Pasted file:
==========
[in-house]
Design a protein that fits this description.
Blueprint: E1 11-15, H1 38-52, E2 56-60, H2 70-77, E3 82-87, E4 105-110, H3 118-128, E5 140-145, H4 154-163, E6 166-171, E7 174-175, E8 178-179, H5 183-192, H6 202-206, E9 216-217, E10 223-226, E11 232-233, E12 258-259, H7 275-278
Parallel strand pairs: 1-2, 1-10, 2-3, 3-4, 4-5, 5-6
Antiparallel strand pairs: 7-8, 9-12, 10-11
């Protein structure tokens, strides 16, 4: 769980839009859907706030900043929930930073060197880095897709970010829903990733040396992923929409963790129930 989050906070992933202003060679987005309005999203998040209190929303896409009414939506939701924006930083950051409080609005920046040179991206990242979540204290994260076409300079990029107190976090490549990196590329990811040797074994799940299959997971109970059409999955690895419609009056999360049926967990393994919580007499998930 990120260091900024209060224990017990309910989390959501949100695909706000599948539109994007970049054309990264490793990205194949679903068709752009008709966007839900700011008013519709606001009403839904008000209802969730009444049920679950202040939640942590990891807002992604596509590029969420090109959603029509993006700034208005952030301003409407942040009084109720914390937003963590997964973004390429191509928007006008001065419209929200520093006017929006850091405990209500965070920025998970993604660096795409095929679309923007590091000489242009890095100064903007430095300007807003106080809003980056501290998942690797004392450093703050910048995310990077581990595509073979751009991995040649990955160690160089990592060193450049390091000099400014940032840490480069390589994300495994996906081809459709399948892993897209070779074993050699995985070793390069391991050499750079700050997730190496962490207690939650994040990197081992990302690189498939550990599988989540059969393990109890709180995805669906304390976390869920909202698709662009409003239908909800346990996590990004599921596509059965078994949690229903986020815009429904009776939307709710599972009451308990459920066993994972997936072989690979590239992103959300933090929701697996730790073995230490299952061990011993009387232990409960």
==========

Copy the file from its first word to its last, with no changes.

[in-house]
Design a protein that fits this description.
Blueprint: E1 11-15, H1 38-52, E2 56-60, H2 70-77, E3 82-87, E4 105-110, H3 118-128, E5 140-145, H4 154-163, E6 166-171, E7 174-175, E8 178-179, H5 183-192, H6 202-206, E9 216-217, E10 223-226, E11 232-233, E12 258-259, H7 275-278
Parallel strand pairs: 1-2, 1-10, 2-3, 3-4, 4-5, 5-6
Antiparallel strand pairs: 7-8, 9-12, 10-11
């Protein structure tokens, strides 16, 4: 769980839009859907706030900043929930930073060197880095897709970010829903990733040396992923929409963790129930 989050906070992933202003060679987005309005999203998040209190929303896409009414939506939701924006930083950051409080609005920046040179991206990242979540204290994260076409300079990029107190976090490549990196590329990811040797074994799940299959997971109970059409999955690895419609009056999360049926967990393994919580007499998930 990120260091900024209060224990017990309910989390959501949100695909706000599948539109994007970049054309990264490793990205194949679903068709752009008709966007839900700011008013519709606001009403839904008000209802969730009444049920679950202040939640942590990891807002992604596509590029969420090109959603029509993006700034208005952030301003409407942040009084109720914390937003963590997964973004390429191509928007006008001065419209929200520093006017929006850091405990209500965070920025998970993604660096795409095929679309923007590091000489242009890095100064903007430095300007807003106080809003980056501290998942690797004392450093703050910048995310990077581990595509073979751009991995040649990955160690160089990592060193450049390091000099400014940032840490480069390589994300495994996906081809459709399948892993897209070779074993050699995985070793390069391991050499750079700050997730190496962490207690939650994040990197081992990302690189498939550990599988989540059969393990109890709180995805669906304390976390869920909202698709662009409003239908909800346990996590990004599921596509059965078994949690229903986020815009429904009776939307709710599972009451308990459920066993994972997936072989690979590239992103959300933090929701697996730790073995230490299952061990011993009387232990409960």